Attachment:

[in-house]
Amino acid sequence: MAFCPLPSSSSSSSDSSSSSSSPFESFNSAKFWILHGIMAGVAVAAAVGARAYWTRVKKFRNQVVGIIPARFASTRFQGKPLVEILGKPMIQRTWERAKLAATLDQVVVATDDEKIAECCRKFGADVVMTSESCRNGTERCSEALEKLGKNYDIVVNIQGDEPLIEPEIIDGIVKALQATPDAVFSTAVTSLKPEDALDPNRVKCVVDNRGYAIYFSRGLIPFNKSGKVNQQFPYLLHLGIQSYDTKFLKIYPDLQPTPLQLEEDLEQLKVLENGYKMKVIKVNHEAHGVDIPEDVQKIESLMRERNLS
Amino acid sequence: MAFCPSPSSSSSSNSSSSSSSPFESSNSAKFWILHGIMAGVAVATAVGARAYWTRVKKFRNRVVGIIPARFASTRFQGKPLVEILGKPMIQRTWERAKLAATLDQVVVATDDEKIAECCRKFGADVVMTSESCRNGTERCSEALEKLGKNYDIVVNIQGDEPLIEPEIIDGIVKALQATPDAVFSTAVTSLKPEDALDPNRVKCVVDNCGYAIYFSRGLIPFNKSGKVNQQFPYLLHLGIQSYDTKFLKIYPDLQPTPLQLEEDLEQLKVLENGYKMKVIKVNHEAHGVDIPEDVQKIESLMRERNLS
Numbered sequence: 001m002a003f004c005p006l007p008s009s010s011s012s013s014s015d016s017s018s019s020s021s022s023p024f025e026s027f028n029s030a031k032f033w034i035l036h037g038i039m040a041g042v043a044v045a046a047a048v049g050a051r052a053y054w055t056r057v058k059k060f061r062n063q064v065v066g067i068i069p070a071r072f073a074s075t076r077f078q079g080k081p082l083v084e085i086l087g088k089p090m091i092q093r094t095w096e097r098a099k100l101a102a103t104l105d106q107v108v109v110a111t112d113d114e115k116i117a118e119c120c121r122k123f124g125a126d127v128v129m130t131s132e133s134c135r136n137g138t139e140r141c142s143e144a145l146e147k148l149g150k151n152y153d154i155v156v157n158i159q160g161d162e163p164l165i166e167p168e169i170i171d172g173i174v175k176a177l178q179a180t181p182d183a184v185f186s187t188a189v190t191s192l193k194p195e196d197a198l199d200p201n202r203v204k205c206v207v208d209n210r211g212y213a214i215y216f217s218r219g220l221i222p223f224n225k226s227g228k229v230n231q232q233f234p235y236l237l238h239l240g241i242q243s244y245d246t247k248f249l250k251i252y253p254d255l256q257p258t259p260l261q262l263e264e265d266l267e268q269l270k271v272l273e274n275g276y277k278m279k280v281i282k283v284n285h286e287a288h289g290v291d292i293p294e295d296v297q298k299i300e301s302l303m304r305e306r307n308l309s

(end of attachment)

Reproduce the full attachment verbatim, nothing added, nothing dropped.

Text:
[in-house]
Amino acid sequence: MAFCPLPSSSSSSSDSSSSSSSPFESFNSAKFWILHGIMAGVAVAAAVGARAYWTRVKKFRNQVVGIIPARFASTRFQGKPLVEILGKPMIQRTWERAKLAATLDQVVVATDDEKIAECCRKFGADVVMTSESCRNGTERCSEALEKLGKNYDIVVNIQGDEPLIEPEIIDGIVKALQATPDAVFSTAVTSLKPEDALDPNRVKCVVDNRGYAIYFSRGLIPFNKSGKVNQQFPYLLHLGIQSYDTKFLKIYPDLQPTPLQLEEDLEQLKVLENGYKMKVIKVNHEAHGVDIPEDVQKIESLMRERNLS
Amino acid sequence: MAFCPSPSSSSSSNSSSSSSSPFESSNSAKFWILHGIMAGVAVATAVGARAYWTRVKKFRNRVVGIIPARFASTRFQGKPLVEILGKPMIQRTWERAKLAATLDQVVVATDDEKIAECCRKFGADVVMTSESCRNGTERCSEALEKLGKNYDIVVNIQGDEPLIEPEIIDGIVKALQATPDAVFSTAVTSLKPEDALDPNRVKCVVDNCGYAIYFSRGLIPFNKSGKVNQQFPYLLHLGIQSYDTKFLKIYPDLQPTPLQLEEDLEQLKVLENGYKMKVIKVNHEAHGVDIPEDVQKIESLMRERNLS
Numbered sequence: 001m002a003f004c005p006l007p008s009s010s011s012s013s014s015d016s017s018s019s020s021s022s023p024f025e026s027f028n029s030a031k032f033w034i035l036h037g038i039m040a041g042v043a044v045a046a047a048v049g050a051r052a053y054w055t056r057v058k059k060f061r062n063q064v065v066g067i068i069p070a071r072f073a074s075t076r077f078q079g080k081p082l083v084e085i086l087g088k089p090m091i092q093r094t095w096e097r098a099k100l101a102a103t104l105d106q107v108v109v110a111t112d113d114e115k116i117a118e119c120c121r122k123f124g125a126d127v128v129m130t131s132e133s134c135r136n137g138t139e140r141c142s143e144a145l146e147k148l149g150k151n152y153d154i155v156v157n158i159q160g161d162e163p164l165i166e167p168e169i170i171d172g173i174v175k176a177l178q179a180t181p182d183a184v185f186s187t188a189v190t191s192l193k194p195e196d197a198l199d200p201n202r203v204k205c206v207v208d209n210r211g212y213a214i215y216f217s218r219g220l221i222p223f224n225k226s227g228k229v230n231q232q233f234p235y236l237l238h239l240g241i242q243s244y245d246t247k248f249l250k251i252y253p254d255l256q257p258t259p260l261q262l263e264e265d266l267e268q269l270k271v272l273e274n275g276y277k278m279k280v281i282k283v284n285h286e287a288h289g290v291d292i293p294e295d296v297q298k299i300e301s302l303m304r305e306r307n308l309s